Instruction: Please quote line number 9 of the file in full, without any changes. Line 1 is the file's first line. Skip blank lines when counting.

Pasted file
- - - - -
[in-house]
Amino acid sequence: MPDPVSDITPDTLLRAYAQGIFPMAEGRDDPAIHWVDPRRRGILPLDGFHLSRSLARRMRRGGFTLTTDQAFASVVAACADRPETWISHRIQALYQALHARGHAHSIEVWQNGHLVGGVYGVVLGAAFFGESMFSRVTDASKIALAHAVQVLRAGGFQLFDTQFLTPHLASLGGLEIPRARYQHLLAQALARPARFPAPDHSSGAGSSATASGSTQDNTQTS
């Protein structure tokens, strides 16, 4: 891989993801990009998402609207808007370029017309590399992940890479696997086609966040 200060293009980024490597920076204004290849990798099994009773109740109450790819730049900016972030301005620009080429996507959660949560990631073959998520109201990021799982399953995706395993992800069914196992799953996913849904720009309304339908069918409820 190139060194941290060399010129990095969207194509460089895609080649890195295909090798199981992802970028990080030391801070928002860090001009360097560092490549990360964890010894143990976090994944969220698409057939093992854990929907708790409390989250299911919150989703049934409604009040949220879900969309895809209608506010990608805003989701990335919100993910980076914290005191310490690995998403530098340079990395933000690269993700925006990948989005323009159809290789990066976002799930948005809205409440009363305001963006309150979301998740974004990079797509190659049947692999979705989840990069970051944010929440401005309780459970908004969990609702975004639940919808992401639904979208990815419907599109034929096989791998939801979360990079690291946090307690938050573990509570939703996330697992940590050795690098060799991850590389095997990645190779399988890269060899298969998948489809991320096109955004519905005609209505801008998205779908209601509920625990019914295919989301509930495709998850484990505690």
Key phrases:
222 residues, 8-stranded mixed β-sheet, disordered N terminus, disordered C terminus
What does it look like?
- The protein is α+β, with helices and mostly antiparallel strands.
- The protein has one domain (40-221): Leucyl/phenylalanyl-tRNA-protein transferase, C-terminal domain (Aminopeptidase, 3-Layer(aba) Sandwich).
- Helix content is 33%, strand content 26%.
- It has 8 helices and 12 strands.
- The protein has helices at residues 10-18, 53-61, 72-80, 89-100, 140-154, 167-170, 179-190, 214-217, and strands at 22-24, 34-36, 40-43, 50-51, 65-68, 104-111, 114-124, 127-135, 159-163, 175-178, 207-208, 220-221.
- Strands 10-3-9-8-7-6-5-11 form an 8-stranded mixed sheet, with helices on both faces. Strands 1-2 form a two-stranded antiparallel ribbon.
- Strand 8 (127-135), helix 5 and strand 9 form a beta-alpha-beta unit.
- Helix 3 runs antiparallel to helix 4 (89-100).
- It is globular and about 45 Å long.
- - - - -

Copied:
- Helix content is 33%, strand content 26%.